Bane of the Dragon KingIn the meantime, I can pat myself on the back and say “You did it, Jenny! You wrote three published books!” I no more have to wonder if I can do it. I DID do it, and that in itself is a huge accomplishment, and it will drive me whenever I start to worry about the new books I’m writing. I learned during this whole process that there is nothing I can’t accomplish, that getting out of my own way was the most important step to reaching my goal. I learned that dreams can be reached with perseverance and surrounding myself with positive, like-minded people to encourage me and get me out of my dark funks. Saying goodbye to Fallhollow is bittersweet, but I’m a better person for hanging out there for as long as I did. It made me realize just how big the universe is, and how many worlds are out there, ready to be discovered.

I’m ready to explore. I hope you come along with me.


About the AuthorJ. Keller Ford

J. Keller Ford is a scribbler of speculative fiction and YA tales. As an Army brat, she traveled the world and toured the halls of some of Germany’s most extraordinary castles in hopes of finding snarky dragons, chivalrous knights, and wondrous magic to permeate her imagination. What she found remains etched in her topsy-turvy mind, and oozes out in sweeping tails of courage, sacrifice, honor and everlasting love.

When not torturing her keyboard or trying to silence the voices in her head, Jenny spends time collecting seashells, bowling, screaming on roller coasters, and traveling. She is a mom of four magnificent and noble offspring, and currently lives in paradise on the west coast of Florida with a menagerie of royal pets, and her own quirky knight who was brave enough to marry her.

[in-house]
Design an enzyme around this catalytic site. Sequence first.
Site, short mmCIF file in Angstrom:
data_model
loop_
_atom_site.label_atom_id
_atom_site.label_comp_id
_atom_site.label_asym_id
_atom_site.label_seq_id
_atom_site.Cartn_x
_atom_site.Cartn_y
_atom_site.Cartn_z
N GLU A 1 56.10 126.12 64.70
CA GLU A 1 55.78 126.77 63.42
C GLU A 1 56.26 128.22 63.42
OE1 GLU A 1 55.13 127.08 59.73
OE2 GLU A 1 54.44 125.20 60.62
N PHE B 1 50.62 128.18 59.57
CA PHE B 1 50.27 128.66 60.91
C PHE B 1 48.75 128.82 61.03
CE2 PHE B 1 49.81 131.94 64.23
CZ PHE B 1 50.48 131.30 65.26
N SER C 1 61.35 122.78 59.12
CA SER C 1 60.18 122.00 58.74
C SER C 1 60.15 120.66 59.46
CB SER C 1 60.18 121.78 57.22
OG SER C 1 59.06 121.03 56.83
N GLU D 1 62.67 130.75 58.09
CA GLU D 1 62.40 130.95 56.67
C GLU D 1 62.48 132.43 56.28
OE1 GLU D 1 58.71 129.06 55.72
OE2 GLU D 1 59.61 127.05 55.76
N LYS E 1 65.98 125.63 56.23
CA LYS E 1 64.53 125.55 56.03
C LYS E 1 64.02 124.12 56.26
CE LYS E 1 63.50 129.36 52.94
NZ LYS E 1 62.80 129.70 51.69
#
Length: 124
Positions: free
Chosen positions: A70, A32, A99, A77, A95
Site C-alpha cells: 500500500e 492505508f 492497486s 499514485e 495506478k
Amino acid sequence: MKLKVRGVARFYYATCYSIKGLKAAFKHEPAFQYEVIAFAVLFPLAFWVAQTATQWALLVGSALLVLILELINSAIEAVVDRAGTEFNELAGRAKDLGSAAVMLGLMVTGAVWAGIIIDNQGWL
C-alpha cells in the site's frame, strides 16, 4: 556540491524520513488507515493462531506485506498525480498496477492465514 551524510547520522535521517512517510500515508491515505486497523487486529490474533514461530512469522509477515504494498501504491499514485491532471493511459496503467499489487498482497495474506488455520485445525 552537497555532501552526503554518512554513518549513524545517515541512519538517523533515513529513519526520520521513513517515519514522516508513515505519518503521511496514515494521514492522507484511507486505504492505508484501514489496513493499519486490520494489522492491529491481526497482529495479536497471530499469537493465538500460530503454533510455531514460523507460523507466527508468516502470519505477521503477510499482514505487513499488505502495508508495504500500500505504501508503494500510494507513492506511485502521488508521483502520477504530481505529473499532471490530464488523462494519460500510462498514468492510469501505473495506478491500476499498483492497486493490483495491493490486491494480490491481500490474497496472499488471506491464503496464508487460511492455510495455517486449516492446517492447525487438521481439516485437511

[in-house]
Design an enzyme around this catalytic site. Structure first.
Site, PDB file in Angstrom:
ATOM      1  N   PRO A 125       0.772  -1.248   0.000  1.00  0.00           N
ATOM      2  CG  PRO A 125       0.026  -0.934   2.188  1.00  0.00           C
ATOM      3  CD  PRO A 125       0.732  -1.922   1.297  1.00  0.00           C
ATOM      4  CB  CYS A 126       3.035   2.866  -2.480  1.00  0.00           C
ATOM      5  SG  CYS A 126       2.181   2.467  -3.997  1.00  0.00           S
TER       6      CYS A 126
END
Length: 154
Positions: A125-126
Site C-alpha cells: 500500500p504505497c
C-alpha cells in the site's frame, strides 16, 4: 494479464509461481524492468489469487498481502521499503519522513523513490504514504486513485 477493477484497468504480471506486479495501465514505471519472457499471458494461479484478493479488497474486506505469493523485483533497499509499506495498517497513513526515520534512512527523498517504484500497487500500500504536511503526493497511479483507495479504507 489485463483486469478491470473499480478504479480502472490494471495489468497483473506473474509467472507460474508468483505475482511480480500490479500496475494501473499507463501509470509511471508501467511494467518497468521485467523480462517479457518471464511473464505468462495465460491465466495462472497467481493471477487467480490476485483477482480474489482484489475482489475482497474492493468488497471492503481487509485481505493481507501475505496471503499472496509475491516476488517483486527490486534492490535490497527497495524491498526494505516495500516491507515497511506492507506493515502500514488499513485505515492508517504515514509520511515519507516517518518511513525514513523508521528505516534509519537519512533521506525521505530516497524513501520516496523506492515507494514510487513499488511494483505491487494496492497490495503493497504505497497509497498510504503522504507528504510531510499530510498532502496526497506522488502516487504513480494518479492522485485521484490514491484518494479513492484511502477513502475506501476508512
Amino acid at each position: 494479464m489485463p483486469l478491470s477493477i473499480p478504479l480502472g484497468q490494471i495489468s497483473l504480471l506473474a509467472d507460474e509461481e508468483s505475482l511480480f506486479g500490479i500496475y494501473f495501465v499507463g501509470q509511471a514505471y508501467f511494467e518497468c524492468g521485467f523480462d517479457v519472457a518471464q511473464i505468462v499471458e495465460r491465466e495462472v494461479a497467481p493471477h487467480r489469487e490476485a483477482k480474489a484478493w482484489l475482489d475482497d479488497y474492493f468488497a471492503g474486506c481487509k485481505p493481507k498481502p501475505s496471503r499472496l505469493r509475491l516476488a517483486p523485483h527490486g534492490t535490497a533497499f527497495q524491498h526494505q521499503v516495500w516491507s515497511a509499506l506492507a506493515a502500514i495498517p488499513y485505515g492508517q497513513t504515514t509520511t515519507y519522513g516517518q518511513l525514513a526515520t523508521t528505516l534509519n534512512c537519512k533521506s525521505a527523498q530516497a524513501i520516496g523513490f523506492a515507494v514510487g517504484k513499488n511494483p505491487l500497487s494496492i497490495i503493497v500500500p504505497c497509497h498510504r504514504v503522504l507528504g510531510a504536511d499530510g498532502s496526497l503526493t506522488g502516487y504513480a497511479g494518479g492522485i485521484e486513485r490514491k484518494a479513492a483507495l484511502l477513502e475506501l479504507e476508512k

Jenny is the author of The Chronicles of Fallhollow series. The first two books, IN THE SHADOW OF THE DRAGON KING, and RAGE OF THE DRAGON KING, are currently available. The third and final book, BANE OF THE DRAGON KING, is due to release November 13, 2018. For more information about her books and to sign up for her newsletter, please visit http://www.j-keller-ford.com

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Happy Reading!

+ J.M.J.

~ Kester

“How lucky I am to have something that makes saying Goodbye so hard.” — Winnie the Pooh

Comment below, or find me in one of my social media pages, and let’s chat!

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The Prophet Calls by Melanie Sumrow Blog Tour: Spotlight Post